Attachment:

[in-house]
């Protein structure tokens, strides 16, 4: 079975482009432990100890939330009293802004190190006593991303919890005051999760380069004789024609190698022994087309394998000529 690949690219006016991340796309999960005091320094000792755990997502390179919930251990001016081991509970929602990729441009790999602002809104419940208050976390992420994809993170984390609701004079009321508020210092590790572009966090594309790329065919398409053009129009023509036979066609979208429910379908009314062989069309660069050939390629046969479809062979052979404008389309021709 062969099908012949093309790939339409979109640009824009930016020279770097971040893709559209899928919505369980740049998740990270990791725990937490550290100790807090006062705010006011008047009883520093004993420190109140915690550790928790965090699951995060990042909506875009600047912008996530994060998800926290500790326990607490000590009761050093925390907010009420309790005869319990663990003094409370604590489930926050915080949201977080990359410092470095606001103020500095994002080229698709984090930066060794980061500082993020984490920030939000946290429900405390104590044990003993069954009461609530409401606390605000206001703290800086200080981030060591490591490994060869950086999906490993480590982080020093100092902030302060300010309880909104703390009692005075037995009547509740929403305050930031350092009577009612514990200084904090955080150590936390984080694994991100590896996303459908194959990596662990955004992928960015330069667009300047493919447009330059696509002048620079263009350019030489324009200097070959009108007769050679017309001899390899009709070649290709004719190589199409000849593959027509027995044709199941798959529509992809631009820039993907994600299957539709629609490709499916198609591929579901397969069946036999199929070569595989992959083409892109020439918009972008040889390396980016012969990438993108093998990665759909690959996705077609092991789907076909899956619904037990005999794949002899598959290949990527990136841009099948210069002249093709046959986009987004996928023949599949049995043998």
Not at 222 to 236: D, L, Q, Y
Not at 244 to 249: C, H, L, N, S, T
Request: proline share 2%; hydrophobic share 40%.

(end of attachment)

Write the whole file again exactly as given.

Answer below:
[in-house]
């Protein structure tokens, strides 16, 4: 079975482009432990100890939330009293802004190190006593991303919890005051999760380069004789024609190698022994087309394998000529 690949690219006016991340796309999960005091320094000792755990997502390179919930251990001016081991509970929602990729441009790999602002809104419940208050976390992420994809993170984390609701004079009321508020210092590790572009966090594309790329065919398409053009129009023509036979066609979208429910379908009314062989069309660069050939390629046969479809062979052979404008389309021709 062969099908012949093309790939339409979109640009824009930016020279770097971040893709559209899928919505369980740049998740990270990791725990937490550290100790807090006062705010006011008047009883520093004993420190109140915690550790928790965090699951995060990042909506875009600047912008996530994060998800926290500790326990607490000590009761050093925390907010009420309790005869319990663990003094409370604590489930926050915080949201977080990359410092470095606001103020500095994002080229698709984090930066060794980061500082993020984490920030939000946290429900405390104590044990003993069954009461609530409401606390605000206001703290800086200080981030060591490591490994060869950086999906490993480590982080020093100092902030302060300010309880909104703390009692005075037995009547509740929403305050930031350092009577009612514990200084904090955080150590936390984080694994991100590896996303459908194959990596662990955004992928960015330069667009300047493919447009330059696509002048620079263009350019030489324009200097070959009108007769050679017309001899390899009709070649290709004719190589199409000849593959027509027995044709199941798959529509992809631009820039993907994600299957539709629609490709499916198609591929579901397969069946036999199929070569595989992959083409892109020439918009972008040889390396980016012969990438993108093998990665759909690959996705077609092991789907076909899956619904037990005999794949002899598959290949990527990136841009099948210069002249093709046959986009987004996928023949599949049995043998």
Not at 222 to 236: D, L, Q, Y
Not at 244 to 249: C, H, L, N, S, T
Request: proline share 2%; hydrophobic share 40%.